In June 2005, Atkinson led a coalition of the UK's most prominent actors and writers, including Nicholas Hytner, Stephen Fry and Ian McEwan, to the British Parliament in an attempt to force a review of the controversial Racial and Religious Hatred Bill — on the grounds that the bill would give religious groups a "weapon of disproportionate power" whose threat would engender a culture of self-censorship among artists.[16]

In 2009, he criticized homophobic speech legislation, saying that the House of Lords must vote against a government attempt to remove a free speech clause in an anti-gay hate law.[17]


With an estimated wealth of £100 million, Atkinson is able to indulge his passion for cars that began with driving his mother's Morris Minor around the family farm. He has written for the British magazines Car, Octane, Evo, and "SuperClassics", a short-lived UK magazine, in which he reviewed the McLaren F1 in 1995.

Atkinson also holds a UK LGV licence, gained because lorries held a fascination for him, and to ensure employment as a young actor.

A lover of and participant in car racing, he appeared as racing driver Henry Birkin in the television play Full Throttle in 1995. In 1991, he starred in the self-penned The Driven Man, a series of sketches featuring Atkinson driving around London trying to solve his car-fetish, and discussing it with taxi drivers, policemen, used-car salesmen and psychotherapists.[18]

Atkinson has raced in other cars, including a Renault 5 GT Turbo for two seasons for its one make series. He owns one McLaren F1, which was involved in an accident in Forton with an Austin Metro. He also owns a Honda NSX.[19] Other cars he owns include an Audi A8,[20] and a Honda Civic Hybrid.[21]

The Conservative Party politician Alan Clark, himself a devotee of classic motor cars, recorded in his published Diaries this chance meeting with a man he later realised was Atkinson while driving through Oxfordshire in May 1984: "Just after leaving the motorway at Thame I noticed a dark red DBS V8 Aston Martin on the slip road with the bonnet up, a man unhappily bending over it. I told Jane to pull in and walked back. A DV8 in trouble is always good for a gloat." Clark writes that he gave Atkinson a lift in his Rolls Royce to the nearest telephone box, but was disappointed in his bland reaction to being recognised, noting that: "he didn't sparkle, was rather disappointing and chetif."[22]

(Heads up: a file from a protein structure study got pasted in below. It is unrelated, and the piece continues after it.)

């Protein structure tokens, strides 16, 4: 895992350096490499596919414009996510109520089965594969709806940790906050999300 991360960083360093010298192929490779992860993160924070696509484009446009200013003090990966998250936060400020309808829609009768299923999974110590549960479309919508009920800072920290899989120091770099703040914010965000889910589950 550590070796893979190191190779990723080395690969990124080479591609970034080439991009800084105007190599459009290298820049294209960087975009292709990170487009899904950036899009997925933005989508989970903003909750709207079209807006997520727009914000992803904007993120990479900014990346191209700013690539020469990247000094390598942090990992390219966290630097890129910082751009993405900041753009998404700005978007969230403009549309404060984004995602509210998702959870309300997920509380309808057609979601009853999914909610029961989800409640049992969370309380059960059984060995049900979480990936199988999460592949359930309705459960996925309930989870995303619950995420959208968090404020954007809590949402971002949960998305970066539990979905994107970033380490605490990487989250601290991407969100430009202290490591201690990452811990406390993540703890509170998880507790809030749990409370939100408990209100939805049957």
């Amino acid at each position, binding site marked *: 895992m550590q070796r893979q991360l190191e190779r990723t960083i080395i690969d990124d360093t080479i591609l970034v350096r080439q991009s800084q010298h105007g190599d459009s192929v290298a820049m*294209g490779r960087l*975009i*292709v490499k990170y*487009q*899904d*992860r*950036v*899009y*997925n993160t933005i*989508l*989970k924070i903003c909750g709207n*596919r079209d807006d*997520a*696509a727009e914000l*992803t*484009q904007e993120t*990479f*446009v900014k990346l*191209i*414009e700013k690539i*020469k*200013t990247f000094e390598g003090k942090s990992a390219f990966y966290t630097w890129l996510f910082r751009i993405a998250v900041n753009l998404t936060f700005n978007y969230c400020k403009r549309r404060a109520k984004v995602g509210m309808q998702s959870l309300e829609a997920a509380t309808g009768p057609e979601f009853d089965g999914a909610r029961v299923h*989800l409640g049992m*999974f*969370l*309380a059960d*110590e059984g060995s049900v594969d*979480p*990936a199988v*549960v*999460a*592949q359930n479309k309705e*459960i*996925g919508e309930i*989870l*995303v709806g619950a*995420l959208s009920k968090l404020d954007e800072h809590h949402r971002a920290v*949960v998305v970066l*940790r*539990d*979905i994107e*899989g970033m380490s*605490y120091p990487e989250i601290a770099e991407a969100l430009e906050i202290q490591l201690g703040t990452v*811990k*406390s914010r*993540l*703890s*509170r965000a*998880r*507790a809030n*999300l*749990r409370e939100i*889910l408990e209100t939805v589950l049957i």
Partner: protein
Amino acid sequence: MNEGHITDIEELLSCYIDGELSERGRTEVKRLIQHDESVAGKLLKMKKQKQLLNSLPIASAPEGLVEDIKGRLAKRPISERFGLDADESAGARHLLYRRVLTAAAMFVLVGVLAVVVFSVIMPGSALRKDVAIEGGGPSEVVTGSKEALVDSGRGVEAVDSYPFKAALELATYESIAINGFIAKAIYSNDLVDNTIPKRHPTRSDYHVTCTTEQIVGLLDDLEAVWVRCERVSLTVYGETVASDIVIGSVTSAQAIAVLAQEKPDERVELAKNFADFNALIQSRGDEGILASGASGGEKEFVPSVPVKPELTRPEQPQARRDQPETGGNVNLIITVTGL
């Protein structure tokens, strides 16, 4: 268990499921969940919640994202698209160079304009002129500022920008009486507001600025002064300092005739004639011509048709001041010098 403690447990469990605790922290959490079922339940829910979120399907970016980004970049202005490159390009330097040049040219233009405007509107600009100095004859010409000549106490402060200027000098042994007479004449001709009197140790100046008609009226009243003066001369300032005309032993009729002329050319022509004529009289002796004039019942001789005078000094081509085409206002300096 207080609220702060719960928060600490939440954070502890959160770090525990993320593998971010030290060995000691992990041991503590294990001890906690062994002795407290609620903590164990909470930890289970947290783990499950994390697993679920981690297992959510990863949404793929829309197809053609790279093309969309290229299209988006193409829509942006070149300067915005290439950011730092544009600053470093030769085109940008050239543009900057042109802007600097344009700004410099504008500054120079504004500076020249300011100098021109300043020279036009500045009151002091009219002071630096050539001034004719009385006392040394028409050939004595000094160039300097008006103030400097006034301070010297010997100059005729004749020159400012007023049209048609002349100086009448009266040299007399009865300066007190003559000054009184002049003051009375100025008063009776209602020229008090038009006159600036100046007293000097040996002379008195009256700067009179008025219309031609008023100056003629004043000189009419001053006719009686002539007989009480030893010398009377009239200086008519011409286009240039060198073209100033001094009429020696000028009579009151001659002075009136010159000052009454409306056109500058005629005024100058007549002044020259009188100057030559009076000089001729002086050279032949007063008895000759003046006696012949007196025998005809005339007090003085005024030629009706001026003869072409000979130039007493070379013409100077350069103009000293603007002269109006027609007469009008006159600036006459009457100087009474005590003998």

One car Atkinson will not own is a Porsche: "I have a problem with Porsches. They're wonderful cars, but I know I could never live with one. Somehow, the typical Porsche people — and I wish them no ill — are not, I feel, my kind of people. I don't go around saying that Porsches are a pile of dung, but I do know that psychologically I couldn't handle owning one."[23][24]

Television appearances

Rowan Atkinson demonstrating a famous scene from the Mr. Bean series on a Mini at Goodwood Circuit in 2009
  • Rowan Atkinson Presents Canned Laughter (1979), an experimental sitcom pilot for LWT
  • The Secret Policeman's Ball (1979), a charity special for Amnesty International
  • Not the Nine O'Clock News (1979–1982)
  • Peter Cook & Co (1980)
  • The Innes Book Of Records (1980), guest appearance
  • Blackadder as Prince Edmund (Series 1), Lord Blackadder (Series 2), Edmund Blackadder (Series 3 & 4) & Ebenezer Blackadder (Blackadder's Christmas Carol) (1983-1989)
  • Saturday Live as guest host (1986)
  • Mr. Bean as Mr. Bean (1990–2009 various times)
  • Rowan Atkinson Live as assorted characters (1991) (VHS of live sketches)
  • Bernard and the Genie as Bernard's Boss (1991) (TV movie)
  • Funny Business (1992), a documentary about the craft of comedy
  • A Bit Of Fry And Laurie (1992), guest appearance
  • The Thin Blue Line as Inspector Raymond Fowler (1995–1996)
  • Blackadder: Back and Forth as Blackadder (2000)
  • Mr Bean: The Animated Series as Mr Bean, voice (2002)
  • The Comic Relief Red Nose Day telecasts, including appearing in:
    • Blackadder: The Cavalier Years as Edmund Blackadder (1988)
    • Nosenight sketches (1989)
    • Mr Bean's Red Nose Day as Mr Bean (1991)
    • (I Wanna Be) Elected as Mr Bean (1992)